In a message dated 97-02-13 10:53:31 EST, you write:
>When IMMORTALITY rots in a garden, there is something
>seriously wrong. IMMORTALITY increases quickly, but is sometimes slow to
>bloom after transplanting. Once it starts, however, it goes on, and on, and
>on. IMMORTALITY is not at all prone to rot. Au contraire, it is one of the
>least rot prone irises one can grow. I would urge you get some analytical
>tests done to find out why this is happening. There is something seriously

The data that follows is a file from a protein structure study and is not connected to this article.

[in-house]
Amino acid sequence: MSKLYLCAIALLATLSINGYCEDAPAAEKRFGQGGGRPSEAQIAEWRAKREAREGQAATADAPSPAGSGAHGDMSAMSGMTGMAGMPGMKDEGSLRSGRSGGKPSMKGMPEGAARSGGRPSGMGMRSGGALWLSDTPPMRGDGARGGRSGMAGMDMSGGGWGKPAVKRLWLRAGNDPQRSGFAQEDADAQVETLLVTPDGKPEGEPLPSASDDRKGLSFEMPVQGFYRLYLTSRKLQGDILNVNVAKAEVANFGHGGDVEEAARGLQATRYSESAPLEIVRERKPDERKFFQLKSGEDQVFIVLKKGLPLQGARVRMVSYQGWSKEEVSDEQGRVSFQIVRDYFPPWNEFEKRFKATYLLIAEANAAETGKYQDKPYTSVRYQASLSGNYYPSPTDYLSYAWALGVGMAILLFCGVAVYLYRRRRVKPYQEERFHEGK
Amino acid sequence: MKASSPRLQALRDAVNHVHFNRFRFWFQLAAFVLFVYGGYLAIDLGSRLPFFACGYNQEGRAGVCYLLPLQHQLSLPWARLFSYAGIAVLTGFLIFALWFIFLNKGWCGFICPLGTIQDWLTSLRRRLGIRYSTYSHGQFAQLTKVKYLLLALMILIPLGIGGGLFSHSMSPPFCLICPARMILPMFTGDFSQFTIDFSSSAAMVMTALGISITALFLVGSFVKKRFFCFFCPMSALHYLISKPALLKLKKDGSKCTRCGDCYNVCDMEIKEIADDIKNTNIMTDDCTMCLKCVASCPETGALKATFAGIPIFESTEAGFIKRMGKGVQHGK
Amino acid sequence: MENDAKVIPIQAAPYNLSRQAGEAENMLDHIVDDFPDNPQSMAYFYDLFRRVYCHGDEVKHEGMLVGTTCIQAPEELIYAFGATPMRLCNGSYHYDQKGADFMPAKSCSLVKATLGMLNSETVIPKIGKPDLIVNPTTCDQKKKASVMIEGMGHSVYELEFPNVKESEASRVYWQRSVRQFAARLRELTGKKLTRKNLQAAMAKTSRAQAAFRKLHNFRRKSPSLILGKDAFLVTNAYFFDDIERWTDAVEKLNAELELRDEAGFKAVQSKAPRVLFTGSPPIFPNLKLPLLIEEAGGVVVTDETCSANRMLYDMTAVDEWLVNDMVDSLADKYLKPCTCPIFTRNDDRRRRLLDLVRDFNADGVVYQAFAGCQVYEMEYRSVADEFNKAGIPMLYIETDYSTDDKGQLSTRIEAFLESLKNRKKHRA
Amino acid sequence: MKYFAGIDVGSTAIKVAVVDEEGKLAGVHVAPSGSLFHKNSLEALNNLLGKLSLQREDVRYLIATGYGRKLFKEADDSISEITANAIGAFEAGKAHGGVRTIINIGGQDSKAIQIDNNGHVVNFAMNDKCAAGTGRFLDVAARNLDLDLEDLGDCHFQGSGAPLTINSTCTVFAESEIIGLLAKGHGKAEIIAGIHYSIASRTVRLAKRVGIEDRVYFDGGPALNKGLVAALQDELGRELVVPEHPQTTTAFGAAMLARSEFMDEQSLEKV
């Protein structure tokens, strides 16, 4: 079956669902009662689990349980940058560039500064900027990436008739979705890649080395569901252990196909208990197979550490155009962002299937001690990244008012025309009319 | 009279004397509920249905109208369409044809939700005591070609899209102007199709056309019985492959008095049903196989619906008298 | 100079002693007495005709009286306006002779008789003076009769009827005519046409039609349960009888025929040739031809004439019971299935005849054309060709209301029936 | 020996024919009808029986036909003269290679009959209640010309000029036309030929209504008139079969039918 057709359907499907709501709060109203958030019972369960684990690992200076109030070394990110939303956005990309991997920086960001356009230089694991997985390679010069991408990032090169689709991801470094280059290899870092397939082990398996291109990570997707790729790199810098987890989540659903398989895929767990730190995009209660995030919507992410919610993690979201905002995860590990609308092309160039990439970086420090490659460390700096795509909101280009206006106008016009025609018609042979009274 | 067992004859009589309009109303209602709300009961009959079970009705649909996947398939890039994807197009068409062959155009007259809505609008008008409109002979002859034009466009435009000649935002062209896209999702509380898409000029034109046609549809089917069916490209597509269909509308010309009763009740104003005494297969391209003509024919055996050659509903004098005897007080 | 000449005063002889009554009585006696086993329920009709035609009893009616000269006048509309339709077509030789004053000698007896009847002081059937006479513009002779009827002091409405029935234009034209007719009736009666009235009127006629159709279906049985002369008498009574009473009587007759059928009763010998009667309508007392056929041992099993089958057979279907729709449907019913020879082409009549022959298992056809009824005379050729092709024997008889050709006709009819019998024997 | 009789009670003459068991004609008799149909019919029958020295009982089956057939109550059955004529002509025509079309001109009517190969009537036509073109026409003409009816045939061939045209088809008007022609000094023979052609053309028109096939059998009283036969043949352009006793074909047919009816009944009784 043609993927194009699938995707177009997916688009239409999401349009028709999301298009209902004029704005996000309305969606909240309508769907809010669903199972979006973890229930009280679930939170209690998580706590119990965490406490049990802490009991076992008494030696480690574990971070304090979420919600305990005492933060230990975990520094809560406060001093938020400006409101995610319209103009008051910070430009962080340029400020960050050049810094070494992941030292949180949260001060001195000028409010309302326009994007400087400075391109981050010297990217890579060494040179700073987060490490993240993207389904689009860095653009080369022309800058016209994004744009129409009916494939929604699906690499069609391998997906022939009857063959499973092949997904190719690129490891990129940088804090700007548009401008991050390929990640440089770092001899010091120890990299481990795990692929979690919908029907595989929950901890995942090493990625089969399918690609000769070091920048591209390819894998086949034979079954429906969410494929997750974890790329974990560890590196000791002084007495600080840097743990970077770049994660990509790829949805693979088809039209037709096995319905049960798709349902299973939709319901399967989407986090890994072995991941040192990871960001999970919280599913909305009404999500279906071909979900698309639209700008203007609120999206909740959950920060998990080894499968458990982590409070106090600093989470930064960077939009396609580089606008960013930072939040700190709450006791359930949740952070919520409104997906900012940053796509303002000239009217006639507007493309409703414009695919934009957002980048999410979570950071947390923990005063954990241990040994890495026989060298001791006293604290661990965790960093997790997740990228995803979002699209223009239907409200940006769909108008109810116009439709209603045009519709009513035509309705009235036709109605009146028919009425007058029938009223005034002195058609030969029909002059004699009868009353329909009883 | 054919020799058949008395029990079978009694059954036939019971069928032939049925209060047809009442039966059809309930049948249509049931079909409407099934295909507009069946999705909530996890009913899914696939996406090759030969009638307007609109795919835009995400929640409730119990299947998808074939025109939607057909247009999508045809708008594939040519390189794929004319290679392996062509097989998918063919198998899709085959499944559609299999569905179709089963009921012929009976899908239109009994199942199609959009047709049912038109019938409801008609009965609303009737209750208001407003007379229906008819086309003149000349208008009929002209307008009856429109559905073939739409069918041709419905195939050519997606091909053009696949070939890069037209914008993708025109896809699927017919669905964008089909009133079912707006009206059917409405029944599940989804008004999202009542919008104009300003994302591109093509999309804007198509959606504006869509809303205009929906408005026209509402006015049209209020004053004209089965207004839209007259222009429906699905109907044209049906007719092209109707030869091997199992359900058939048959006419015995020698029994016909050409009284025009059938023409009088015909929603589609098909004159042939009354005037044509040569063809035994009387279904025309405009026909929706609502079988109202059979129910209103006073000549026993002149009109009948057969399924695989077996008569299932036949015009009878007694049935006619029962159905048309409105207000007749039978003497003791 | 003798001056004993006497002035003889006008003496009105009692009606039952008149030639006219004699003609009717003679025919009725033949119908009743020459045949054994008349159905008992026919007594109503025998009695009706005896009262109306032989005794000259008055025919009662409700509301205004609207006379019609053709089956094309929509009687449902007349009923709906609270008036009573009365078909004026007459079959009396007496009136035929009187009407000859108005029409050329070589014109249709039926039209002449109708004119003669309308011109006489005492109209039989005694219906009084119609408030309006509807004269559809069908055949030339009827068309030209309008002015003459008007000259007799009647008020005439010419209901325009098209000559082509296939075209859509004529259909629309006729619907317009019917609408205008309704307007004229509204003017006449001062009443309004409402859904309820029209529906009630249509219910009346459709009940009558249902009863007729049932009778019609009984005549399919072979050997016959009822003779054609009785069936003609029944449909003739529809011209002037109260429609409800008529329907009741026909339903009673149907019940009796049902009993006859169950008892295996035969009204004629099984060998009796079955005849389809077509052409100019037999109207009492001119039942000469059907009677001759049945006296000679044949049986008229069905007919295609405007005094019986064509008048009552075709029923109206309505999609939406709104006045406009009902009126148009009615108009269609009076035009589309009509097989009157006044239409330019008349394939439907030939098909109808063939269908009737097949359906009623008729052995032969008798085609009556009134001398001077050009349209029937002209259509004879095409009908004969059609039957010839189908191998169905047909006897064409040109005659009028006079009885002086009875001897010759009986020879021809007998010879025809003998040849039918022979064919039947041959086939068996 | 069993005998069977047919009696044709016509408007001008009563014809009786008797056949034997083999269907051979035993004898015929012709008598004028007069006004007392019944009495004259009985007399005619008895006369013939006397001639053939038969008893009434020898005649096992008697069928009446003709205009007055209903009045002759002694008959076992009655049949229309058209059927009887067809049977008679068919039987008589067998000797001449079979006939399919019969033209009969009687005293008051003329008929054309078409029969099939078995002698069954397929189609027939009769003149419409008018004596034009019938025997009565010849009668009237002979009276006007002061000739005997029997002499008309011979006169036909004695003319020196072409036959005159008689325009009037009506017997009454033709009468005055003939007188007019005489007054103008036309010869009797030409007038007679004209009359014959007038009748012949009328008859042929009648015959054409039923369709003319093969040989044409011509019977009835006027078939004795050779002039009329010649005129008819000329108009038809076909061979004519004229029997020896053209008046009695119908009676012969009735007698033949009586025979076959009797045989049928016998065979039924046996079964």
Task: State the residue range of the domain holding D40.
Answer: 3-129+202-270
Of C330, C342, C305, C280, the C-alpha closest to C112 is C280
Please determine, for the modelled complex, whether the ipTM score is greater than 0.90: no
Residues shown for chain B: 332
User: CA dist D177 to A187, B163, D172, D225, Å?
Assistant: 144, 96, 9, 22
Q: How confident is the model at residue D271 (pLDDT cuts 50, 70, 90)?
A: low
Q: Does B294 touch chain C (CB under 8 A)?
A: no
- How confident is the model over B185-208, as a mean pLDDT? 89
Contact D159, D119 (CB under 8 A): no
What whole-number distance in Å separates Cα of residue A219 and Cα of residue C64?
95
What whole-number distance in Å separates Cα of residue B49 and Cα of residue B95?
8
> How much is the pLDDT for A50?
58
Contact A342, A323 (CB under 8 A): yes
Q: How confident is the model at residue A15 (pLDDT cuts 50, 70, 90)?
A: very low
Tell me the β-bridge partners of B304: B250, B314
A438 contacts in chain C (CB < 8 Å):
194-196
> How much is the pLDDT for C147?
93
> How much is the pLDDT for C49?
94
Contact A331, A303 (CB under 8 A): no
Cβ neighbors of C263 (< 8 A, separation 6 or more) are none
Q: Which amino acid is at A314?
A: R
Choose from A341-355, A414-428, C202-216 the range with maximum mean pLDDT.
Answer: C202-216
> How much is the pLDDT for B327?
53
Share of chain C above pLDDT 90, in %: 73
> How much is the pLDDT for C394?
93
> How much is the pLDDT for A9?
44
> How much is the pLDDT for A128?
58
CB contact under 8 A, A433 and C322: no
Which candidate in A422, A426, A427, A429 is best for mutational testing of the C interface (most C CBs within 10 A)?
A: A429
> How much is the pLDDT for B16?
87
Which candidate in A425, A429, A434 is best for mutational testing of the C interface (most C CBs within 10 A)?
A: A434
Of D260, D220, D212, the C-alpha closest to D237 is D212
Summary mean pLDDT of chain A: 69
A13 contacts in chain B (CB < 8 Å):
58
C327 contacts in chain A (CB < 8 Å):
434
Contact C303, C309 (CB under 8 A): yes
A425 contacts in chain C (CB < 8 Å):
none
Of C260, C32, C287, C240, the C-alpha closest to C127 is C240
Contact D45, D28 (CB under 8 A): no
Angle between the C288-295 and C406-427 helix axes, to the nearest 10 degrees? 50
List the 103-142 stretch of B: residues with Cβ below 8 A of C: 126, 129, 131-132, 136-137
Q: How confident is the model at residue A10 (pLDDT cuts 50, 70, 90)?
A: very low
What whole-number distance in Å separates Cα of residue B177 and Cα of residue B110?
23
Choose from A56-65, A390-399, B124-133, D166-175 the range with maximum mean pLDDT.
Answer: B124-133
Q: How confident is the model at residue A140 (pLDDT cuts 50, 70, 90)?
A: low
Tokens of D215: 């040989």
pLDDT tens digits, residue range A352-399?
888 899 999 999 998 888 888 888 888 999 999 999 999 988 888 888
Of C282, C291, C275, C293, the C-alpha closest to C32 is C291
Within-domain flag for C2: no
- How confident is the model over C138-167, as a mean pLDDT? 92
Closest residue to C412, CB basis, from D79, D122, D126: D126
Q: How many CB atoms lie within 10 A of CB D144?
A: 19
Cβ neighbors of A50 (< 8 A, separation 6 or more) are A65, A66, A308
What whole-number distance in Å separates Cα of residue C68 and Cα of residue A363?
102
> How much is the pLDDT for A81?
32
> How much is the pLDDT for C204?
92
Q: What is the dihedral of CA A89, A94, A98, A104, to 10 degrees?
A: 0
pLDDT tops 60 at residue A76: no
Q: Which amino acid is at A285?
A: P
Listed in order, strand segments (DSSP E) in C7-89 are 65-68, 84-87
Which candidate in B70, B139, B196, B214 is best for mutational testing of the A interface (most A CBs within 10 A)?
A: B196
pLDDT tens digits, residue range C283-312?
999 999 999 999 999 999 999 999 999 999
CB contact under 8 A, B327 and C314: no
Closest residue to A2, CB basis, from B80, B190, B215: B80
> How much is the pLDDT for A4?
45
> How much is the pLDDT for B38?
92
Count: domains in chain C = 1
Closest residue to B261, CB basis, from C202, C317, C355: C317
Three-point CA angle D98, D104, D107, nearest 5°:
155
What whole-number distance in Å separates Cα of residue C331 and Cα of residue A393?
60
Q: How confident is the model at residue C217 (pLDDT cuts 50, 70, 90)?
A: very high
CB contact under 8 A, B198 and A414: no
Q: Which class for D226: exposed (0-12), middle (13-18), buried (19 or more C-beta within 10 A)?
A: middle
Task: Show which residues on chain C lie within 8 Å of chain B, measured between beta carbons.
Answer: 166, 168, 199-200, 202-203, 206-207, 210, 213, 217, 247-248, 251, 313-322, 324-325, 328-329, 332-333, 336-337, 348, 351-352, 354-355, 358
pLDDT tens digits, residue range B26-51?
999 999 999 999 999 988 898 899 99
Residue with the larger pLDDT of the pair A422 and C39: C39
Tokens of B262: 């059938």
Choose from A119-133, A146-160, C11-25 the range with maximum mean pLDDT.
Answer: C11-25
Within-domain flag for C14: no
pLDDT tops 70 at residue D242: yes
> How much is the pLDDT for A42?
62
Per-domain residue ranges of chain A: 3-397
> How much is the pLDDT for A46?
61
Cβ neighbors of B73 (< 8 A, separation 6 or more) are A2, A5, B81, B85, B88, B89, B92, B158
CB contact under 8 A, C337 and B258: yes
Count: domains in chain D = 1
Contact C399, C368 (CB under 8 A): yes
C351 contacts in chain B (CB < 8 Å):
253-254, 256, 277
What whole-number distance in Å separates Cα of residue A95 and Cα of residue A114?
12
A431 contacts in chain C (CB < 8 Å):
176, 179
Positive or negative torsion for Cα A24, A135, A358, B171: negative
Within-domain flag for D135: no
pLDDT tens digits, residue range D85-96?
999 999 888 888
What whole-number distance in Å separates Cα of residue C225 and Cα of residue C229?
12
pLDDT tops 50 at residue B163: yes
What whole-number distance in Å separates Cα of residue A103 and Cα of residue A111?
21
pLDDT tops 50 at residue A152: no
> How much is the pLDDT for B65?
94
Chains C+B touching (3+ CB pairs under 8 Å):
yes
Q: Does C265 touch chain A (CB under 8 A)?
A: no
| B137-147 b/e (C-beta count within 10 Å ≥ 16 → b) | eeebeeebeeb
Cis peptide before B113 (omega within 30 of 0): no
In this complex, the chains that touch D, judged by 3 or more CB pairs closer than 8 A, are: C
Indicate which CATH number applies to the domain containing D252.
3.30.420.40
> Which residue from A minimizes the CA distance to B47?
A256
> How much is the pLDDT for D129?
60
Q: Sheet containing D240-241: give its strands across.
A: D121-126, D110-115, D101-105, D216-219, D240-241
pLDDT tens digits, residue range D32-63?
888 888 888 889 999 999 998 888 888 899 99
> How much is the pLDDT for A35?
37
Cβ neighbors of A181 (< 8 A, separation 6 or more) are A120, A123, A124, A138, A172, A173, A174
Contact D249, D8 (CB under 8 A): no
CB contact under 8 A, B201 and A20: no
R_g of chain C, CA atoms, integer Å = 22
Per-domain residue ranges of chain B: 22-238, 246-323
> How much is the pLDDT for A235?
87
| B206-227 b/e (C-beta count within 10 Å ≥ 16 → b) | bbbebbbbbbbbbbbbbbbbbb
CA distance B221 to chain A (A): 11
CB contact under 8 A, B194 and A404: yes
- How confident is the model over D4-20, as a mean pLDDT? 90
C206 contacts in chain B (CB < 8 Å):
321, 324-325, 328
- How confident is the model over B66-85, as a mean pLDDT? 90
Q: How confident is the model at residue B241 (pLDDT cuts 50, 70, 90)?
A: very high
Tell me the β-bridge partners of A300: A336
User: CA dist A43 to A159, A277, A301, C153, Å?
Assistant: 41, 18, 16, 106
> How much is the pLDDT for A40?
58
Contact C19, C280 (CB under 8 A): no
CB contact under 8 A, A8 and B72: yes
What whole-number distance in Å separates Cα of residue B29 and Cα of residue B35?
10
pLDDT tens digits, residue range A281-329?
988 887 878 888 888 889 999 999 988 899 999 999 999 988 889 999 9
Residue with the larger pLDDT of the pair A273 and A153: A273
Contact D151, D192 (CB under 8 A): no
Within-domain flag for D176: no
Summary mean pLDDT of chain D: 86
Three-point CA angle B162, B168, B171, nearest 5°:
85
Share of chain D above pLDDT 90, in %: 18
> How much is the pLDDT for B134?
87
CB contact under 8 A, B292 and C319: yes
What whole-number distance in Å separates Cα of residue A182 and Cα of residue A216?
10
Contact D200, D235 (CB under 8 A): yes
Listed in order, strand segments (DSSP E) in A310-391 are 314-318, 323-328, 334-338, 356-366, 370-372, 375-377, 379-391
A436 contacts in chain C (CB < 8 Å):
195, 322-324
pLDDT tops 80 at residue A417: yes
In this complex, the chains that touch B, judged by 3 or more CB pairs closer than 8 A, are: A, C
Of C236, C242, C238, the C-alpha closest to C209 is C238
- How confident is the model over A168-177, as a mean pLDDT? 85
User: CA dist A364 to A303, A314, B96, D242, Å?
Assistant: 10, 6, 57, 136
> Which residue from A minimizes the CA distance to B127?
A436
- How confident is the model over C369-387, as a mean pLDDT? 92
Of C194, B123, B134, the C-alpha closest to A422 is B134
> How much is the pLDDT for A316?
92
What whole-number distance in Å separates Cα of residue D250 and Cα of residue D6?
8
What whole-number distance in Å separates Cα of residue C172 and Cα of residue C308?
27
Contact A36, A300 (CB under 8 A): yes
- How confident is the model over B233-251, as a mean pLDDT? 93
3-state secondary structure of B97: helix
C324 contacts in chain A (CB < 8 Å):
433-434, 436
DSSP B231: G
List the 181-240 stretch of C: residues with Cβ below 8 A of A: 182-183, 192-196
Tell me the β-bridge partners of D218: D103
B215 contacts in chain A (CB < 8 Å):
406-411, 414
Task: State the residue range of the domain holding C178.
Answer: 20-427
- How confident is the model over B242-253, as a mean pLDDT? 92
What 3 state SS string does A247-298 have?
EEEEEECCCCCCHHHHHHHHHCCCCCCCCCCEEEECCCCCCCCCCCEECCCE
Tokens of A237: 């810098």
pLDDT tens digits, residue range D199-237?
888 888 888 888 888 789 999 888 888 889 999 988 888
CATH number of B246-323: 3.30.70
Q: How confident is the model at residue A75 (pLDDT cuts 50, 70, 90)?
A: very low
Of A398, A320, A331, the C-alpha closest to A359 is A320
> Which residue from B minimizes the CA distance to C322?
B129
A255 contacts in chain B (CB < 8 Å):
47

>wrong. Clarence Mahan
I agree about slow start and profuse bloom. But I had a beautiful display of
bloom in my old established rot infested bed last spring when the rest of the
country was cancelling iris shows for lack of bloom, so it must not be
entirely 'wrong'. I thought we had some others on the list admit to some rot
with IMMORTALITY - Lloyd, didn't you say you had heard other reports of rot?
Oh, that's terrible, asking the iris parents to say bad things about their
babies. Never mind!
Linda Mann firstname.lastname@example.org east Tennessee USA
Rot queen by choice - I don't solarize, pick dead leaves, or spray.